July 10, 2023 — Dealers selling one or more of the Big Three domestic automotive brands may want to mark September 14, 2023, on their calendars.
At midnight on September 14, the current contracts between the United Auto Workers Union and Ford Motor Co., General Motors, and Stellantis will expire, resulting in what likely will be a protracted strike against one — or more — of the Big Three.
What happens in the next couple of months will determine inventory, sales, parts, and public perception in the fourth quarter and, perhaps, longer for dealers selling those brands.
Long term, these negotiations will impact the future of these automakers as they navigate the transition into an electric vehicle world.
For the UAW, it is a fight for survival. For the Detroit Three, it is a fight to control costs while they attempt to transform capital-sucking EV initiatives into profitable businesses.
Every four years, the UAW and the three automakers renegotiate their contracts. Negotiations for the new agreements involving nearly 150,000 manufacturing employees are slated to begin this month.
The UAW typically selects one automaker of the three to target in negotiations. The contract resulting from those talks will set the pattern for the other two.
Occasionally, negotiations fail, and workers from either one or more of the automakers decide to strike.
In 2019, the UAW targeted GM. Talks failed, and 48,000 GM employees walked off the job as the contract ended in mid-September. A 40-day strike ensued — the longest strike in nearly 50 years against GM — costing the manufacturer more than $3.8 billion in profits while delaying production of more than 300,000 vehicles. (A 54-day strike against two GM parts plants in 1998 crippled 27 out of 29 of the automaker’s manufacturing plants).
This year’s negotiations will make 2019 seem like child’s play. All signs indicate a summer of contentious and hostile talks at a level Detroit hasn’t seen in decades.
A NEW LEADER, NEW APPROACH
Shawn Fain, the newly elected president of the UAW, signaled he is ready for a fight this year, adopting a combative tone in his opening speech to the UAW troops in March.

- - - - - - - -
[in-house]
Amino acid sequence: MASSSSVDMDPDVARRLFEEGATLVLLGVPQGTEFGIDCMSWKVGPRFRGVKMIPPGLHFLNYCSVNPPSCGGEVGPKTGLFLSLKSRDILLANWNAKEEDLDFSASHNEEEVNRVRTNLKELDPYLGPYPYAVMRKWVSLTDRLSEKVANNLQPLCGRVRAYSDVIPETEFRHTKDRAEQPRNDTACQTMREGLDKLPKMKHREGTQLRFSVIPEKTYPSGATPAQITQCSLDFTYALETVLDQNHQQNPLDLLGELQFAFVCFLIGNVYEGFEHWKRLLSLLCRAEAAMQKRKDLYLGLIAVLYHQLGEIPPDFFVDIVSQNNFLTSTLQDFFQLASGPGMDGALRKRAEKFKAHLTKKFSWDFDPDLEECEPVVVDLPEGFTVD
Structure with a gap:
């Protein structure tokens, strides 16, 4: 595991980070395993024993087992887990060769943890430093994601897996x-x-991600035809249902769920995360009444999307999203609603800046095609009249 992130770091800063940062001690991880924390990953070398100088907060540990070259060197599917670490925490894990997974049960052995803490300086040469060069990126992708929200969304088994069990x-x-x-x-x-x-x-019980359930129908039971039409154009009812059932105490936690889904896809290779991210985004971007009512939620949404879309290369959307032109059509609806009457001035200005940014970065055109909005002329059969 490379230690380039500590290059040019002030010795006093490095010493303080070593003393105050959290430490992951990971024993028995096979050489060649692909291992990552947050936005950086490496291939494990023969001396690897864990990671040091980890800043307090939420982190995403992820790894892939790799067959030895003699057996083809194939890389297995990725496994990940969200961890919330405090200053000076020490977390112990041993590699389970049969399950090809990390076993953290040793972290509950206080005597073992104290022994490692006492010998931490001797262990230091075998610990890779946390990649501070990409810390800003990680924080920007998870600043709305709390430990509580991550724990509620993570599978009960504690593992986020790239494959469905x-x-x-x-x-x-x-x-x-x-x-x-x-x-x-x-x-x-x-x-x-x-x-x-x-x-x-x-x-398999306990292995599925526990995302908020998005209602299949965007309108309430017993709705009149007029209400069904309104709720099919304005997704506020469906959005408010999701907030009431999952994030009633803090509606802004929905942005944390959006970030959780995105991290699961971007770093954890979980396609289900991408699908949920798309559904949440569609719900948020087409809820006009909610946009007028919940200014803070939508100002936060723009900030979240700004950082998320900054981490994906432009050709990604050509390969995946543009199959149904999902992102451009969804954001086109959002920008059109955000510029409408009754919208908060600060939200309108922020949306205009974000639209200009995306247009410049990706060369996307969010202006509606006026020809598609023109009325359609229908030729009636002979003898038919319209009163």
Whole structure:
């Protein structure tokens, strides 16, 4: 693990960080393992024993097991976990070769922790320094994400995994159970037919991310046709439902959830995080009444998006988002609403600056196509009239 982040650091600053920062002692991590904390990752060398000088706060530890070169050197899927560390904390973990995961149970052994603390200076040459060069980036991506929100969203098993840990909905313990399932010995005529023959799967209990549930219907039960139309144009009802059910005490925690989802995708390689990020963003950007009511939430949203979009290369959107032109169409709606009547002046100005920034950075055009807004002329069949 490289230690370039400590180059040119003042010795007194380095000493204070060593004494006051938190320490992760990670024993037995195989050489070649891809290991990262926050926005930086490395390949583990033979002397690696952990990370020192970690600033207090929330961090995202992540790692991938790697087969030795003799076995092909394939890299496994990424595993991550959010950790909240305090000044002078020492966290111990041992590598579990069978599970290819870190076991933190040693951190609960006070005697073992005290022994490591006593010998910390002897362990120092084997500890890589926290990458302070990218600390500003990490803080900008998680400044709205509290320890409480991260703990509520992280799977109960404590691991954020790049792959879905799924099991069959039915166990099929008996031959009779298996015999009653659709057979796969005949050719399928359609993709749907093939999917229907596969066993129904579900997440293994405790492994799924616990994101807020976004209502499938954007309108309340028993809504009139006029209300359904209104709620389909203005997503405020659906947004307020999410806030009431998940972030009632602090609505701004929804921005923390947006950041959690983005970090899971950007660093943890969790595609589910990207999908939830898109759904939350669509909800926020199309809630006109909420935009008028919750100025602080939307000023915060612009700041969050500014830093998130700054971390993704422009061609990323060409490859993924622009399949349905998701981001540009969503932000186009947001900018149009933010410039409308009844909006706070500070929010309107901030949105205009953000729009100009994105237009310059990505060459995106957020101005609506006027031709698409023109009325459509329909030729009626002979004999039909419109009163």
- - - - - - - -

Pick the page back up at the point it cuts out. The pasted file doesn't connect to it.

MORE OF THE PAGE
Fain, an electrician out of the Stellantis Kokomo Casting Plant, has worked at Chrysler for 30 years while making his way up the UAW ladder over the last 20 years. He campaigned for the leadership position, promising to reform the UAW, which has seen 17 of its leaders, including two presidents, recently convicted of corruption as part of a federal investigation that began in 2013.
Fain wants to overhaul how the UAW operates. According to him, in recent years, UAW leaders engaged in a much-too-friendly relationship with their OEM counterparts during contract negotiations, leading to too many concessions. And he argues previous leadership became complacent over the last 30 to 40 years — years in which UAW membership declined from a high of 1.5 million in 1979 to just 400,000 today.
He is preparing for war. In recent weeks, Fain has made several moves to overhaul the old guard and old thinking at UAW headquarters.
- Purged several staff members that were part of the Administrative Caucus, which had controlled the leadership for several decades;
- Remade the communications team;
- Ousted the union’s chief general counsel, two other internal attorneys, and an outside law firm;
- Continues to withhold endorsement of a second Biden administration, saying the president needs to push more for better union wages and benefits at new EV facilities and battery plants;
- Negotiating concurrently with each automaker instead of targeting one OEM and applying the agreement terms as a pattern for the other two;
- In a symbolic move, the UAW will dispense with the traditional public handshaking ceremony with the OEMs, reported Reuters’ transportation reporter David Shepardson late Monday.
Controlling the narrative going into and continuing through the negotiation process is also a big part of Fain’s strategy. Unlike previous leadership, which historically kept the rank and file — and media — in the dark, he has engaged in numerous Facebook Live, YouTube videos, town hall meetings, and conversations with the press providing updates while outlining his strategy for a much more effective (some would say confrontational) UAW.